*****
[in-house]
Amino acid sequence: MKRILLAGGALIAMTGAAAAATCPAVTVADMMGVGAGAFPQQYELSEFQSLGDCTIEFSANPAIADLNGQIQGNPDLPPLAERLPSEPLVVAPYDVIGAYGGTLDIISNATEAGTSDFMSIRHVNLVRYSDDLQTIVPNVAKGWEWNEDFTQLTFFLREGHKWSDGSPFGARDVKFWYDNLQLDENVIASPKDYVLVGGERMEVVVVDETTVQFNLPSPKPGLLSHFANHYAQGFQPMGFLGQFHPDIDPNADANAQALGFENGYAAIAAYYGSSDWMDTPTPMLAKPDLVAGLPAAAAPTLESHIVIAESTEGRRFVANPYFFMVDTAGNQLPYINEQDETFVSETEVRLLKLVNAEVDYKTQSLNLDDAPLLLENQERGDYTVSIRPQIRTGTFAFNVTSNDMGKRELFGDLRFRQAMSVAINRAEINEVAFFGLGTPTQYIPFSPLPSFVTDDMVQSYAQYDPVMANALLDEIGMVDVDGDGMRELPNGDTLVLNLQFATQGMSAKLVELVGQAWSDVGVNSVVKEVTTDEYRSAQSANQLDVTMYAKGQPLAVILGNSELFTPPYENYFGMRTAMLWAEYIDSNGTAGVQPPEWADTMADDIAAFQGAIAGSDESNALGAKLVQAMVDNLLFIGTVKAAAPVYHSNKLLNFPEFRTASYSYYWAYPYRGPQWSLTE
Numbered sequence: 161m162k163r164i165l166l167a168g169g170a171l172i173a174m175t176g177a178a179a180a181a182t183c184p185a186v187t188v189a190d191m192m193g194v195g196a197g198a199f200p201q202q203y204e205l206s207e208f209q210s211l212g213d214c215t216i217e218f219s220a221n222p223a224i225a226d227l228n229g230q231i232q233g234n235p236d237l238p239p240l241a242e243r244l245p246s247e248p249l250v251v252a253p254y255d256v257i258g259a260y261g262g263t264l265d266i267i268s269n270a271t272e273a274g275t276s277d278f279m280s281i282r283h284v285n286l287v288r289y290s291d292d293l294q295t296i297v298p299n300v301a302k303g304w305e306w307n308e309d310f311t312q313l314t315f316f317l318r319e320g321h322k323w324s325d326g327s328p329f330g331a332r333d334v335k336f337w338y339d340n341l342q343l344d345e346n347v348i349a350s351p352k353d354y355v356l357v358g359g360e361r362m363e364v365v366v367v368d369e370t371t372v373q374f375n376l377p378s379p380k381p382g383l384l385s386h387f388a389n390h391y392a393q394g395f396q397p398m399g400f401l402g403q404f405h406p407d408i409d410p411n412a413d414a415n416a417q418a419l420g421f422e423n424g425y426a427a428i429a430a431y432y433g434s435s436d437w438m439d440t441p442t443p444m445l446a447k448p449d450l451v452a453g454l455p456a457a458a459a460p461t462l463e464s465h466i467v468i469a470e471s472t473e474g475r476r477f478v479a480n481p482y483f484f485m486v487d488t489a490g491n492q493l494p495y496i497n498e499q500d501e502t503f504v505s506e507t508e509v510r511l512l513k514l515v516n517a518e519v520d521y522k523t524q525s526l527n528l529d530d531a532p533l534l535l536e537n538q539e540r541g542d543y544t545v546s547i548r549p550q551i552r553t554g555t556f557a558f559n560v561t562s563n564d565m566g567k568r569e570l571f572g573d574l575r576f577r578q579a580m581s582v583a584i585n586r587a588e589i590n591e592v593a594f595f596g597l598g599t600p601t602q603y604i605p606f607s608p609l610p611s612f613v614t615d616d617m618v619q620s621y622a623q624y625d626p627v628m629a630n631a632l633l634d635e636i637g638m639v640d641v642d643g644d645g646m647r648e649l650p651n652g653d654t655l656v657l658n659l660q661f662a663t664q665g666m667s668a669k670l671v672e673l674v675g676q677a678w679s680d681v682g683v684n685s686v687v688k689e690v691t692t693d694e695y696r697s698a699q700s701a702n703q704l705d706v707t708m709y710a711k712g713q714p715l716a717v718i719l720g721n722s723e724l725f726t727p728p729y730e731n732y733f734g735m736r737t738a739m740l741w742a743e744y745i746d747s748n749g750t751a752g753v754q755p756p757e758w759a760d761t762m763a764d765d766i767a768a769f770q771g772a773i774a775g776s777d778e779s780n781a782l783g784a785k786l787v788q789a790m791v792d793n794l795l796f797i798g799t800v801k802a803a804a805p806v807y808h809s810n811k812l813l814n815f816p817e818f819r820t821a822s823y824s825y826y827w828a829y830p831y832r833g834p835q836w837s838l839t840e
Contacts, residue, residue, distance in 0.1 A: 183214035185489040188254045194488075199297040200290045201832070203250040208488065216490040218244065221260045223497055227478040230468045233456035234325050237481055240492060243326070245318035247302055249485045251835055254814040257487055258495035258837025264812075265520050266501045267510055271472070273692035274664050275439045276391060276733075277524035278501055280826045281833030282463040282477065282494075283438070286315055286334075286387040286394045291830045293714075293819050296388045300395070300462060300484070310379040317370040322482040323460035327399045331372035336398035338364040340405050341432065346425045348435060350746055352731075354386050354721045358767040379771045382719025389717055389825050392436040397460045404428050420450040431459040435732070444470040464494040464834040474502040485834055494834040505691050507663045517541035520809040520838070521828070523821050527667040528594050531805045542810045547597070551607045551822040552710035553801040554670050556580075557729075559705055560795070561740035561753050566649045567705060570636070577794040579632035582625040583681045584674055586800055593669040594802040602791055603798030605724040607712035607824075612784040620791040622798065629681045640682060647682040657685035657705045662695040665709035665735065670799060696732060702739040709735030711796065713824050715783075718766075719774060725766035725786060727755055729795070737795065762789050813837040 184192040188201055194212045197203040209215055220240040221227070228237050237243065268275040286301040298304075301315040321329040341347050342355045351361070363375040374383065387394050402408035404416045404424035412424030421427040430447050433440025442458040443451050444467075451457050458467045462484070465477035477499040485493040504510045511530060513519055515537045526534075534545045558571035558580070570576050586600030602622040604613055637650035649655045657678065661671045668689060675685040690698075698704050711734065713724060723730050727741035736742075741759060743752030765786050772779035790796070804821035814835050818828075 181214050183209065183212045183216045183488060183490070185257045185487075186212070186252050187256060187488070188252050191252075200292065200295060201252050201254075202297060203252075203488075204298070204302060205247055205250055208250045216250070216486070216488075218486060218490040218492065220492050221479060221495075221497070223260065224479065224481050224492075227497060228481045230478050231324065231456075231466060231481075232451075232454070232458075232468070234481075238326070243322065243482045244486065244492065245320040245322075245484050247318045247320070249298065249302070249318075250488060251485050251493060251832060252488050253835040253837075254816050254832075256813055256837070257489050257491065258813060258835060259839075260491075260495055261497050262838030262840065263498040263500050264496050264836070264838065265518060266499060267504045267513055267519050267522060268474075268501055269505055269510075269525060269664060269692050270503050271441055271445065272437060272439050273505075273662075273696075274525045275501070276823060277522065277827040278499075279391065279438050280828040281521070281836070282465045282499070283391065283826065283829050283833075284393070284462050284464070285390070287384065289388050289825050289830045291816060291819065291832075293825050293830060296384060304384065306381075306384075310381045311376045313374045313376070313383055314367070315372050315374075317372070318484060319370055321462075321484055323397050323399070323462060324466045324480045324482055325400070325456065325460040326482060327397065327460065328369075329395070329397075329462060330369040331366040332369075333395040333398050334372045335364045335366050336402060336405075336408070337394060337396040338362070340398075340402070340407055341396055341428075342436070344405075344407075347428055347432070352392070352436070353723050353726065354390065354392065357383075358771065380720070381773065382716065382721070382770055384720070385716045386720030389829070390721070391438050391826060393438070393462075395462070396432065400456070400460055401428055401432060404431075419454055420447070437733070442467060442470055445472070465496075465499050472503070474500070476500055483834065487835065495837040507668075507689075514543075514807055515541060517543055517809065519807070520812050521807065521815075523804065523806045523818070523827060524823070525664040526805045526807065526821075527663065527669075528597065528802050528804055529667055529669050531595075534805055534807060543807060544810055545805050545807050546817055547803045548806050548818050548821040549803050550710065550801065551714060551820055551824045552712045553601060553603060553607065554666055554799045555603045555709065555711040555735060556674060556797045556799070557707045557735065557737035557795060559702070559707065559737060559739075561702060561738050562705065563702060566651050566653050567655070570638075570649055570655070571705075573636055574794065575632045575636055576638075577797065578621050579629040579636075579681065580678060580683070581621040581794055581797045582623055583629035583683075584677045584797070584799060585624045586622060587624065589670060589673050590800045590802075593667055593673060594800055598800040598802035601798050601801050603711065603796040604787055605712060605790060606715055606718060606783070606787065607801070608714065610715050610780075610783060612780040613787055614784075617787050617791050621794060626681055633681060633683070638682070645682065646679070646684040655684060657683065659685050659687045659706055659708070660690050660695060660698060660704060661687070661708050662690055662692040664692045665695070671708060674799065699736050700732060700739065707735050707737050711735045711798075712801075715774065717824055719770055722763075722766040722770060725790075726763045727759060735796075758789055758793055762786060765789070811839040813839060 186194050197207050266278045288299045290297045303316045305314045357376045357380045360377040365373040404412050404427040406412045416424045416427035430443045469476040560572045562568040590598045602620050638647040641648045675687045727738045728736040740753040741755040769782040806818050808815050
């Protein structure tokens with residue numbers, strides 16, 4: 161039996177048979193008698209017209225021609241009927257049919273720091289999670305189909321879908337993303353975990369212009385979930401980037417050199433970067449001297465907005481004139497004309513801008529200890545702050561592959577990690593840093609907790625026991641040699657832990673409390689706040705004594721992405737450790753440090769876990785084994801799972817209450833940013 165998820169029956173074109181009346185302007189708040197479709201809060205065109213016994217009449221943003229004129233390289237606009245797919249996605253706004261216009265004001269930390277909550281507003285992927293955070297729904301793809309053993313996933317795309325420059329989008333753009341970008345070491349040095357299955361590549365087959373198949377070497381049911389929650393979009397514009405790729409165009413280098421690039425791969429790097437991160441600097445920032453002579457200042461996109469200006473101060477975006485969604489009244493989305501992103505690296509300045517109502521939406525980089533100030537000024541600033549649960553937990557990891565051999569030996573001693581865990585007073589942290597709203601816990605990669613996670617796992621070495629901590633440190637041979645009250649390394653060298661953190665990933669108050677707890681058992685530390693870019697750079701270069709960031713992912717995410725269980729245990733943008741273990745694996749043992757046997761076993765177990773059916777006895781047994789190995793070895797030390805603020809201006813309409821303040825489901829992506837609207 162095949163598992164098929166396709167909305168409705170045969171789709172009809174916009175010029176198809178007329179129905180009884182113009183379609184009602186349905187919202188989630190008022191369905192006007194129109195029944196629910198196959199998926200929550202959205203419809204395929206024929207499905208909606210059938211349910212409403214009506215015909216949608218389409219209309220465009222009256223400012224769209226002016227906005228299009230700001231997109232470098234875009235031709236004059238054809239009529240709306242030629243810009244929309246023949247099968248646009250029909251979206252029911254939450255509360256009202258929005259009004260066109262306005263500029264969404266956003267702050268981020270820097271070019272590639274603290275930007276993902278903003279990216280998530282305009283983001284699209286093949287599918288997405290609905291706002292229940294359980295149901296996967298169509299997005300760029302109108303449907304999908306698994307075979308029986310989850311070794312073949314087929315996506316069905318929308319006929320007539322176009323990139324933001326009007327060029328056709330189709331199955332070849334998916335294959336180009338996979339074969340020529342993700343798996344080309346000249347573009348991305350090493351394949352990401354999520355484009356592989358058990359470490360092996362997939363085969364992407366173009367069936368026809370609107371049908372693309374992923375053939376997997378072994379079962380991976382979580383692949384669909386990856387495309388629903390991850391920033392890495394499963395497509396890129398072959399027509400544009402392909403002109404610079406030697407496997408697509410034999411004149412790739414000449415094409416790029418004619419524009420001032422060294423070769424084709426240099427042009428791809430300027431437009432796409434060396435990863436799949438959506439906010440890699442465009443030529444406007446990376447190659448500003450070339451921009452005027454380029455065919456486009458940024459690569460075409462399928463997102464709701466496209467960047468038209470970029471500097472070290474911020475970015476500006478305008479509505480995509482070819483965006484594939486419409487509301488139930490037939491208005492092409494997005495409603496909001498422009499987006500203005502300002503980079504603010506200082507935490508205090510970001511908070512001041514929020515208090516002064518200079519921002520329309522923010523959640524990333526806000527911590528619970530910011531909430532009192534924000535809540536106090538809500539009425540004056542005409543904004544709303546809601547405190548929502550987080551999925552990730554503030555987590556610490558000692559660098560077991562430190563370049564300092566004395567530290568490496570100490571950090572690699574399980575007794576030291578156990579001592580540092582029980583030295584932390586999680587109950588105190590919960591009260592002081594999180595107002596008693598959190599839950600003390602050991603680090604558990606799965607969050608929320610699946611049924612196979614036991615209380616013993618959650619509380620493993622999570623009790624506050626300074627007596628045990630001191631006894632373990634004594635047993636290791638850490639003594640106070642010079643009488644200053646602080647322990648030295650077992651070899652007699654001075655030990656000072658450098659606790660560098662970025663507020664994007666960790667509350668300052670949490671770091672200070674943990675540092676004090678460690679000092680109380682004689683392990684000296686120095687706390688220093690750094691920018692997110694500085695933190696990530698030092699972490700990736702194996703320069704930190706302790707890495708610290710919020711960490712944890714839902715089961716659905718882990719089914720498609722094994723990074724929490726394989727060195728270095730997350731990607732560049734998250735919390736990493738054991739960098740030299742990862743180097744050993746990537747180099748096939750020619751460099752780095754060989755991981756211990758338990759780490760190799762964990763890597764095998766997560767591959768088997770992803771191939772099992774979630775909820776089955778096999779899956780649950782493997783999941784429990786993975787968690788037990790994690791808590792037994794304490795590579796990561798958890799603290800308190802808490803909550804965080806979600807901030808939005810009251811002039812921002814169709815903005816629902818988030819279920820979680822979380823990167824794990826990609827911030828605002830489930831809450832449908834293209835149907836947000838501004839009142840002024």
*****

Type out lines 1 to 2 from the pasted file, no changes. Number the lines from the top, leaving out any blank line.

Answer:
[in-house]
Amino acid sequence: MKRILLAGGALIAMTGAAAAATCPAVTVADMMGVGAGAFPQQYELSEFQSLGDCTIEFSANPAIADLNGQIQGNPDLPPLAERLPSEPLVVAPYDVIGAYGGTLDIISNATEAGTSDFMSIRHVNLVRYSDDLQTIVPNVAKGWEWNEDFTQLTFFLREGHKWSDGSPFGARDVKFWYDNLQLDENVIASPKDYVLVGGERMEVVVVDETTVQFNLPSPKPGLLSHFANHYAQGFQPMGFLGQFHPDIDPNADANAQALGFENGYAAIAAYYGSSDWMDTPTPMLAKPDLVAGLPAAAAPTLESHIVIAESTEGRRFVANPYFFMVDTAGNQLPYINEQDETFVSETEVRLLKLVNAEVDYKTQSLNLDDAPLLLENQERGDYTVSIRPQIRTGTFAFNVTSNDMGKRELFGDLRFRQAMSVAINRAEINEVAFFGLGTPTQYIPFSPLPSFVTDDMVQSYAQYDPVMANALLDEIGMVDVDGDGMRELPNGDTLVLNLQFATQGMSAKLVELVGQAWSDVGVNSVVKEVTTDEYRSAQSANQLDVTMYAKGQPLAVILGNSELFTPPYENYFGMRTAMLWAEYIDSNGTAGVQPPEWADTMADDIAAFQGAIAGSDESNALGAKLVQAMVDNLLFIGTVKAAAPVYHSNKLLNFPEFRTASYSYYWAYPYRGPQWSLTE